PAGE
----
'Existential Crisis' by Stan Usovicz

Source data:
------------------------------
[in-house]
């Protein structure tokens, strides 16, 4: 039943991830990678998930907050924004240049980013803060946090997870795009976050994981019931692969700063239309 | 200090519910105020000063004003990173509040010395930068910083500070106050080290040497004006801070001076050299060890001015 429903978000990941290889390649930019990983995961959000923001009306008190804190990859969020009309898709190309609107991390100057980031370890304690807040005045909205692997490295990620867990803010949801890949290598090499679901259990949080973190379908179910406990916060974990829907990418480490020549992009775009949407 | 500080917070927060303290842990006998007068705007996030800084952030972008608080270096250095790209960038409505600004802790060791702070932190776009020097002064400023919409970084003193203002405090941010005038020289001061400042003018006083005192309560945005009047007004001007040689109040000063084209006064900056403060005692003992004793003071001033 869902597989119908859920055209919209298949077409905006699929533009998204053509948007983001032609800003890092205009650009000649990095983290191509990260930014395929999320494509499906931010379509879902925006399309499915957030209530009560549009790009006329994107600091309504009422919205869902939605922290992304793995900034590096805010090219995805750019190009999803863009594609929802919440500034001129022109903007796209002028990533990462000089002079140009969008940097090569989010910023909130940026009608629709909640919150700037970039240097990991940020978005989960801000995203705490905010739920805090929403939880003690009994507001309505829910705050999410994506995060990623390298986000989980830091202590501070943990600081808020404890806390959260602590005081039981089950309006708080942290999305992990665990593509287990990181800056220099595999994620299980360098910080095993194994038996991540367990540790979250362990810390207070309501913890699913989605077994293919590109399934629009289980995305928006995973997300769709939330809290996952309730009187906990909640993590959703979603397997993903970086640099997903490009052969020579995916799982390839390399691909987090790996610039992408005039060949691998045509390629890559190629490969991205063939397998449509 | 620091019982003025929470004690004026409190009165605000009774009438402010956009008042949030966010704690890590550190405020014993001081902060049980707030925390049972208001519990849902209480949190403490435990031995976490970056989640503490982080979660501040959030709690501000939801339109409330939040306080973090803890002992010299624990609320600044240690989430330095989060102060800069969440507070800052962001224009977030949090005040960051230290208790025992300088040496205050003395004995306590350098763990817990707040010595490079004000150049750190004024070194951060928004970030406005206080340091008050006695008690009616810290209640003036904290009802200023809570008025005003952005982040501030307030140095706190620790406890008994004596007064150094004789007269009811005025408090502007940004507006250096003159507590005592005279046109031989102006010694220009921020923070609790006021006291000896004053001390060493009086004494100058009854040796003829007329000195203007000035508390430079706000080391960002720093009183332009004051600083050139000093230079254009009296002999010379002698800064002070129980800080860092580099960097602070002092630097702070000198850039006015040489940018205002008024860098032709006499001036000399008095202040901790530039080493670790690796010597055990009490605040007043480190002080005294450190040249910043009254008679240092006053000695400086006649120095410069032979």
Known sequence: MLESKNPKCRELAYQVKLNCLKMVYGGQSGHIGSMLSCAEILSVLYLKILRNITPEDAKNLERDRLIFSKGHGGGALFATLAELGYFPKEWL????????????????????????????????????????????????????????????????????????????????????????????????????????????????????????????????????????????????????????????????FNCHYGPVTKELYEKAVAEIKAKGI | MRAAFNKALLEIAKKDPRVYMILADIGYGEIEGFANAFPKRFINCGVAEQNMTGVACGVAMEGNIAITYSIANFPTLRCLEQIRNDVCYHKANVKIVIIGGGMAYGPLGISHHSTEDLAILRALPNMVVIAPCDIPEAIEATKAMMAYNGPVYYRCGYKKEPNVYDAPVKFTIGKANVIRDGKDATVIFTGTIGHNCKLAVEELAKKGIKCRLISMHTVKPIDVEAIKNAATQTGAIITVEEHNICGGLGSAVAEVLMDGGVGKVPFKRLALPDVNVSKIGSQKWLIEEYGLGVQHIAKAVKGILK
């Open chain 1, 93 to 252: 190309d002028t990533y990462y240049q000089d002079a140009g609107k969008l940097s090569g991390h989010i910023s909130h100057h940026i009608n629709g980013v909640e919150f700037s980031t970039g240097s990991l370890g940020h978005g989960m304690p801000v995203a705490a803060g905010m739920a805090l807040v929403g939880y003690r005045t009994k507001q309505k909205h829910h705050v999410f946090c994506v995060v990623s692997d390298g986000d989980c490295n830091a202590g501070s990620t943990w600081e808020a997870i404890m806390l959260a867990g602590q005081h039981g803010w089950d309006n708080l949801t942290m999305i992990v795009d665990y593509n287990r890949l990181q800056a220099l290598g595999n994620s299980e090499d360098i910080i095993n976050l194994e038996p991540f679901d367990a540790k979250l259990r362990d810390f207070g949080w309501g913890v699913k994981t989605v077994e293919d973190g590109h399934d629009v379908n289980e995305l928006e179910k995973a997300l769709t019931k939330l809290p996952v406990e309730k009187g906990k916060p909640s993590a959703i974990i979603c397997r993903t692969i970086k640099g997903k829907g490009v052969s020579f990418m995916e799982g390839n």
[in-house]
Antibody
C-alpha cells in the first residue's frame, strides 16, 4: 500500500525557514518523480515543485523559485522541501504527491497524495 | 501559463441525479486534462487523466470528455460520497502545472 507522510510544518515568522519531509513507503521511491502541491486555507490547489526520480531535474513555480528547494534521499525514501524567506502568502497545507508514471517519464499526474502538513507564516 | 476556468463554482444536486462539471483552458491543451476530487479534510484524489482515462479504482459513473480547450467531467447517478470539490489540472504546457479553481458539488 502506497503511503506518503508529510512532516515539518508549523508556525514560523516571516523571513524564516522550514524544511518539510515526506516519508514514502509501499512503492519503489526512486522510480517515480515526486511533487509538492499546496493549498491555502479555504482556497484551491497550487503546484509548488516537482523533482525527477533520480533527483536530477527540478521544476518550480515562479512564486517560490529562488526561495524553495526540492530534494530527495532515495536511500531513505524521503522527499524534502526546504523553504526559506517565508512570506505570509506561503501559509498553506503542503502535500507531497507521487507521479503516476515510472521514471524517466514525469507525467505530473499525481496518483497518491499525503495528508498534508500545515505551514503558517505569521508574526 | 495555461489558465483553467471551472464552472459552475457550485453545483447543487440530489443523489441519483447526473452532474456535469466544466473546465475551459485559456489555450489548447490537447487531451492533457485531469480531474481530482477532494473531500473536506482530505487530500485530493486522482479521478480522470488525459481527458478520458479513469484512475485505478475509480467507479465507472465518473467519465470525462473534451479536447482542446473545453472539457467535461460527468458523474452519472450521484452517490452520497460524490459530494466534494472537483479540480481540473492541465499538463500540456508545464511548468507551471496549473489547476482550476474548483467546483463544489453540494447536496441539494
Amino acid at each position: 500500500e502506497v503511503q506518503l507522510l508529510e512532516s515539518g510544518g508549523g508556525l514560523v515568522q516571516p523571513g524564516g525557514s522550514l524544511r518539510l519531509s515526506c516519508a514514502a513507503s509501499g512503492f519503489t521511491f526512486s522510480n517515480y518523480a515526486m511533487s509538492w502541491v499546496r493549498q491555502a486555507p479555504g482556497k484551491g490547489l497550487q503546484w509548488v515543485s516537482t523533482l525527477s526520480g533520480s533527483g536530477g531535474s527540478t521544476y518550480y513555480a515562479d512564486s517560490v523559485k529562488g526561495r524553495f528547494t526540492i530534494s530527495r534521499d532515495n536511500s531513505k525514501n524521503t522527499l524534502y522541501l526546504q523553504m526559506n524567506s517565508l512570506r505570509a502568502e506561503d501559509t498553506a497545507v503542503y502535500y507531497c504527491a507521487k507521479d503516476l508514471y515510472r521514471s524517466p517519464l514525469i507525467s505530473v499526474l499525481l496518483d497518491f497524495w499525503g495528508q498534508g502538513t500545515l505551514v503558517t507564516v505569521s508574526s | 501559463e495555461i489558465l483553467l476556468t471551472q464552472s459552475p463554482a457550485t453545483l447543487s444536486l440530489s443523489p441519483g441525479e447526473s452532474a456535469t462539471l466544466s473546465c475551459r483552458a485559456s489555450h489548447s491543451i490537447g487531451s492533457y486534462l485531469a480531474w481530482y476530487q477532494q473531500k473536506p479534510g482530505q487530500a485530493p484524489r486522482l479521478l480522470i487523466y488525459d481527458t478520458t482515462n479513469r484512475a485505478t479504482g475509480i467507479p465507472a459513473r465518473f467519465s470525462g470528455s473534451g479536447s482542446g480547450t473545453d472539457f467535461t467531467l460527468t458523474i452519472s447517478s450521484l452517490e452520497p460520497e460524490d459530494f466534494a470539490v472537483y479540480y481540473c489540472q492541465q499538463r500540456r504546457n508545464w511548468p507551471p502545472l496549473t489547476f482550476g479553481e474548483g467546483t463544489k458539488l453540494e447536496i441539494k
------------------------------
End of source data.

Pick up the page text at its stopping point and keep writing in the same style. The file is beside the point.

This week we have two brand new pieces from Stan Usovicz. If you're inspired by Stan's fantastic work please send us your submissions to either creativewriting@thetribeonline.com or to our Creative Writing sub-editor Olia Kuranova at ok6@st-andrews.ac.uk.  Existential CrisisHis eyes flitted quickly hither and thither, scouring the room for something which was not there, nor ever had been. His outstretched arms and legs flailed desperately like a novice swimmer in the deep end of a pool, looking for a solid foothold – a familiar dry patch of land – a sanctuary or a savior, a solution or an answer.He had yet to learn that this world –when stripped of its attributed meaning, when demolished of its social constructions, when it is unencumbered by the occupations, professions, expectations, and regulations that comprise this thick façade called society- is something awesome and unintelligible.Yet, he could not fully appreciate this message. Like a dyslexic researcher scanning the page of an ancient Aramaic text, he held the answers only inches from his nose, but could not even begin to interpret the shifting sentences or the jumbled characters, and perhaps never could.He had lived his whole life in blasphemy: worshipping false deities which he had been told acted in his best interest, condemning practices which others called bad, striving for that which was called success, and seeking salvation in the shade of a money tree.“Be happy.” They told him. “Stay focused”. They warned. Play the game and if you’re lucky, success will be yours. They accepted this message as if it were an innate fact of nature, something that exists and always has existed.But, what of the banal bunny? What becomes of the common coyote? They are unaware of social success, these inorganic trivialities. They can’t climb ladders, they don’t hold grudges, and they possess a complete disregard for the concept of reputation aside from the manmade demarcations of herbivore, omnivore, and carnivore. In this game they are poor players. Few rabbits are remembered forever, and no tears are wept at the death of a deer, yet they soldier on regardless and irrespective of this reality - and in death - they leave their progeny with no inheritance other than the gift of life.  Yet they continue the cycle, season after season, just as their ancestors had done, and as their children will.These thoughts pulsed through his head, bouncing from one firing synapse to the next, subsuming him. It had been quite a journey for him to get to this point.  Stan Usovicz